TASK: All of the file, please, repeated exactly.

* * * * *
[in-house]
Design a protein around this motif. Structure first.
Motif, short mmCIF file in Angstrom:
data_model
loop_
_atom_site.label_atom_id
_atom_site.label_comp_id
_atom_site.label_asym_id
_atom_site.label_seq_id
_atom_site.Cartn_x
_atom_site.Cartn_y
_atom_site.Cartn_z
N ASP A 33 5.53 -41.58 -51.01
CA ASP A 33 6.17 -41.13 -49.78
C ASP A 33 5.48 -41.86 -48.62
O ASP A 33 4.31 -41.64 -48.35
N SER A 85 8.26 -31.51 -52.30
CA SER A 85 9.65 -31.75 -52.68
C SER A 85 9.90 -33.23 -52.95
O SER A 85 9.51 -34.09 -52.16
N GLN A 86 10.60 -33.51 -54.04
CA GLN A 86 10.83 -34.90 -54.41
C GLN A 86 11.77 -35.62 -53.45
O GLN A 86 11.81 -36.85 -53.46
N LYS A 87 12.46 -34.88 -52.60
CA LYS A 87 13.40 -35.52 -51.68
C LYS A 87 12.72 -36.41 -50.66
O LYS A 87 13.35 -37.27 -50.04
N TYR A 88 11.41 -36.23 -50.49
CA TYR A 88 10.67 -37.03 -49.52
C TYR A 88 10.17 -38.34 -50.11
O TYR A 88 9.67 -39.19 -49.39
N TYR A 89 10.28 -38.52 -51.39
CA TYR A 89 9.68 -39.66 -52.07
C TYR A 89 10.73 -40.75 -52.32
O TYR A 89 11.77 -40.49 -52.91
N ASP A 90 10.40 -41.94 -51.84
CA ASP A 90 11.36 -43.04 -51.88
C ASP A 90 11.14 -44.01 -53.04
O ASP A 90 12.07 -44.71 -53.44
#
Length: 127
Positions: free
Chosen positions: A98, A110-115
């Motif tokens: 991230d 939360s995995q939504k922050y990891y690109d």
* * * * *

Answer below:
[in-house]
Design a protein around this motif. Structure first.
Motif, short mmCIF file in Angstrom:
data_model
loop_
_atom_site.label_atom_id
_atom_site.label_comp_id
_atom_site.label_asym_id
_atom_site.label_seq_id
_atom_site.Cartn_x
_atom_site.Cartn_y
_atom_site.Cartn_z
N ASP A 33 5.53 -41.58 -51.01
CA ASP A 33 6.17 -41.13 -49.78
C ASP A 33 5.48 -41.86 -48.62
O ASP A 33 4.31 -41.64 -48.35
N SER A 85 8.26 -31.51 -52.30
CA SER A 85 9.65 -31.75 -52.68
C SER A 85 9.90 -33.23 -52.95
O SER A 85 9.51 -34.09 -52.16
N GLN A 86 10.60 -33.51 -54.04
CA GLN A 86 10.83 -34.90 -54.41
C GLN A 86 11.77 -35.62 -53.45
O GLN A 86 11.81 -36.85 -53.46
N LYS A 87 12.46 -34.88 -52.60
CA LYS A 87 13.40 -35.52 -51.68
C LYS A 87 12.72 -36.41 -50.66
O LYS A 87 13.35 -37.27 -50.04
N TYR A 88 11.41 -36.23 -50.49
CA TYR A 88 10.67 -37.03 -49.52
C TYR A 88 10.17 -38.34 -50.11
O TYR A 88 9.67 -39.19 -49.39
N TYR A 89 10.28 -38.52 -51.39
CA TYR A 89 9.68 -39.66 -52.07
C TYR A 89 10.73 -40.75 -52.32
O TYR A 89 11.77 -40.49 -52.91
N ASP A 90 10.40 -41.94 -51.84
CA ASP A 90 11.36 -43.04 -51.88
C ASP A 90 11.14 -44.01 -53.04
O ASP A 90 12.07 -44.71 -53.44
#
Length: 127
Positions: free
Chosen positions: A98, A110-115
């Motif tokens: 991230d 939360s995995q939504k922050y990891y690109d």